Ise Honkaido 6: Sakurai to Hase-dera

Going over several mountain chains and stretching through mile after mile of the picturesque Japanese countryside, the Ise Honkaido is the ancient and sacred road that connects Osaka to Ise Jingu Shrine. This time, we explored the section that goes from Sakurai to Hase-dera Temple. It is only 10km down a paved road, but gradually the landscape of trail changes from flat fields to a defined mountain ridge as we depart the Nara Basin. 



See here for the other entries of our Ise Honkaido series. Also, this is part of the Tokai Nature Trail. 


Ise Honkaido 6: Sakurai to Hase-dera Temple

And so, we resume our journey from Tsubaichi. Tsubaichi is the intersection of several major roads such as Kamikaido, Yamanobe no Michi, and the Yokoo-ji. The Yamatogawa River flows near Tsubaichi, so people used to sail to Tsubaichi and then travel to the ancient capital in Nara on foot from there. It is said that Tsubaichi was quite a busy place with bustling markets, but now there is almost nobody around here . 

Yamatogawa River
Hard to believe this is the Yamatogawa River. It is so small here!
a stonemarker along the Ise Honkaido
Continue straight, Ise and Hase-dera.
Heading out of the Nara Basin and into the mountains now!

As we made our way towards the mountains of Nara, we found Tamatsura Shrine. Tamatsura Shrine is a lesser shrine of Omiwa Shrine and enshrines the child of Omonuchi (the god of Omiwa Shrine). The shrine is mostly famous for its beautiful camelias.

Make sure to drop by the convenience store near Tamatsura Shrine because there will not be any for another 10km until Haibara! Hase-dera is a famous tourist spot, but for some reason, there aren’t any near there!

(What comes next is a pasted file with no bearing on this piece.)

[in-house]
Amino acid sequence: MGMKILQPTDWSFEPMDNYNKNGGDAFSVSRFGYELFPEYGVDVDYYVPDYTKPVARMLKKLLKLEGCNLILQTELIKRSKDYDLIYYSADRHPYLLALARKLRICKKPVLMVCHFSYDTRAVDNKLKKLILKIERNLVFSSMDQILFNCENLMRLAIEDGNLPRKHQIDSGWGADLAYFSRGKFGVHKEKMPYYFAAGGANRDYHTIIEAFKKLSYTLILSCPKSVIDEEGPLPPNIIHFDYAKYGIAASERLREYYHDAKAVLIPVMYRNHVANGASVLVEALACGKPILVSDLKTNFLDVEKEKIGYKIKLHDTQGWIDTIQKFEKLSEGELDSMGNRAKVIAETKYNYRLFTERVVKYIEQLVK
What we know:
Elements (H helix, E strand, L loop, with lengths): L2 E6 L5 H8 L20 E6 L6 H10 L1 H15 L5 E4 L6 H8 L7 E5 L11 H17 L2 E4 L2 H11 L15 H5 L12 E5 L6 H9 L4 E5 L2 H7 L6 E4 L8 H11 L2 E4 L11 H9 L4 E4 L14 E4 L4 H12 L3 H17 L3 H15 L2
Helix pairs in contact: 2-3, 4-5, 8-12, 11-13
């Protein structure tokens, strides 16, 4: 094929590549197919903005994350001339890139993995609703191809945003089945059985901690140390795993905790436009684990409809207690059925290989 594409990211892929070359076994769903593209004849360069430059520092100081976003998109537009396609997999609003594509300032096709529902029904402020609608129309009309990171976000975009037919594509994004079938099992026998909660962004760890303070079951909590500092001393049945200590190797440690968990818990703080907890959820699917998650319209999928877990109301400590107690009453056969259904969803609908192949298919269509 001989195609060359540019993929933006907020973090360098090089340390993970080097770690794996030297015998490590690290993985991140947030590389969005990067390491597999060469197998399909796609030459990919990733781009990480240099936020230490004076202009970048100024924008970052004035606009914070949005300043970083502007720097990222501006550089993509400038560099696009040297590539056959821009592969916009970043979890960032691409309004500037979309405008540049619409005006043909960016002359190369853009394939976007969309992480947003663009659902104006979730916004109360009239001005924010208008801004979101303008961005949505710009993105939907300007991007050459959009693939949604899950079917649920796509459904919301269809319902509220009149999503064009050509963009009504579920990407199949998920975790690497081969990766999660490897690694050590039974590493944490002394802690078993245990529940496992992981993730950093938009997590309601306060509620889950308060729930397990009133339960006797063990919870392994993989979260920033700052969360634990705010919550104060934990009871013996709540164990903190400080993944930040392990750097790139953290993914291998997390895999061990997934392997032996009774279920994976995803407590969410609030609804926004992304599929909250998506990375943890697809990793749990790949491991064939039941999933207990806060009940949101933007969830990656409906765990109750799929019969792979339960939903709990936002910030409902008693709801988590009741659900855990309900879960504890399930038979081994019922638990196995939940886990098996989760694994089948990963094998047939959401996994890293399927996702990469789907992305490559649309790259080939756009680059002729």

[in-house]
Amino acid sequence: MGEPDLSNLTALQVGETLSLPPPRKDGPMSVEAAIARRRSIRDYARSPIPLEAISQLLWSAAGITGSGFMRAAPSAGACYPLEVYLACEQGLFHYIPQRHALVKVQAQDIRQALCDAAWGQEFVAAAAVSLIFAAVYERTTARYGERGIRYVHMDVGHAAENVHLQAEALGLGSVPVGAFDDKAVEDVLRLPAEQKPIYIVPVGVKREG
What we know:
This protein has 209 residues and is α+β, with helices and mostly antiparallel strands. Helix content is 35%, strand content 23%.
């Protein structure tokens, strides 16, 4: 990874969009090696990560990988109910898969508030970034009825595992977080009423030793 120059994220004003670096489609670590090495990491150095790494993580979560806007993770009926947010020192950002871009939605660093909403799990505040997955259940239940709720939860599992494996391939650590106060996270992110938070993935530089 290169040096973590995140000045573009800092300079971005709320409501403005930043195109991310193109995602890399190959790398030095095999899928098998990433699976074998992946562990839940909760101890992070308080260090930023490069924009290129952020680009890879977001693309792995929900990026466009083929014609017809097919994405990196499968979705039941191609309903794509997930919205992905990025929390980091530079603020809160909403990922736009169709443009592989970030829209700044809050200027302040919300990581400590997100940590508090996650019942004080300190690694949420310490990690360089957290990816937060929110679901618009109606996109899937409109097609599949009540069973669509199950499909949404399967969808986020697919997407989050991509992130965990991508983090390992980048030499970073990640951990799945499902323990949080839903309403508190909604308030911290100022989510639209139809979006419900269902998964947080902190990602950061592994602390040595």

Tamatsura Shrine
Wakimoto Jizo
Wakimoto Jizo: on left is a convenience store and it is the last one until Haibara

After a stop in the shrine and a quick restock in the convience store, we continued along the Ise Honkaido, which more or less follows National Highway 165. The trail occasionally dips into small neighborhood allies that lined with old houses. It was really fun seeing these old houses as it really helped creat the sense that we were indeed following an ancient road!

Izumo no nagare jizo
the lower part of the jizo here is under the ground!
Ise Honkaido
This road has some old timey vibes.
Junihashira Shrine near the Ise Honkaido
Junihashira Shrine: this region of Nara is called “Izumo”.
“Welcome to Hase-dera Temple”

After an hour hike along the big highway, a giant board saying “Welcome to Hase-dera Temple” will greet you. At this point, the Ise Honkaido will fork away from the highway down a small road that will take you to Hase-dera Temple. Here you have a choice: follow the main route of the Ise Honkaido or take the Hase Kaido. If you choose to take the Hase Kaido, take the right just a half mile before the temple (right in front of the hotel). Additionally, you can walk the Tokai Nature Trail, which follows the Yamatogawa River to Hase Dam. Just take the right near the entrance of Hase-dera Temple.

Go left to Hase-dera Temple
the path leading to Hase-dera
Main road to Hase-dera Temple.
Fork of the Ise Honkaido and the Hase Kaido
The stone marker reads “right to Ise”.


Hase-dera Temple

Here we are at Hase-dera Temple. It is 8th temple of the Saigoku Kannon Pirglimage and defintely one of the most popular one among those 33 temples.  Also, there are several restaurants and souvenir shops along the road to the temple. 

Hase-dera is particularly famous for the beautiful flowers that bloom on the temple grounds. If you can, try to drop by here in the spring!

Hase-dera temple. It is famous for its beautiful flowers

So this is it today. It was rather short only 1-2 hours hike from Sakurai, however, our final destination is still far, far away!!

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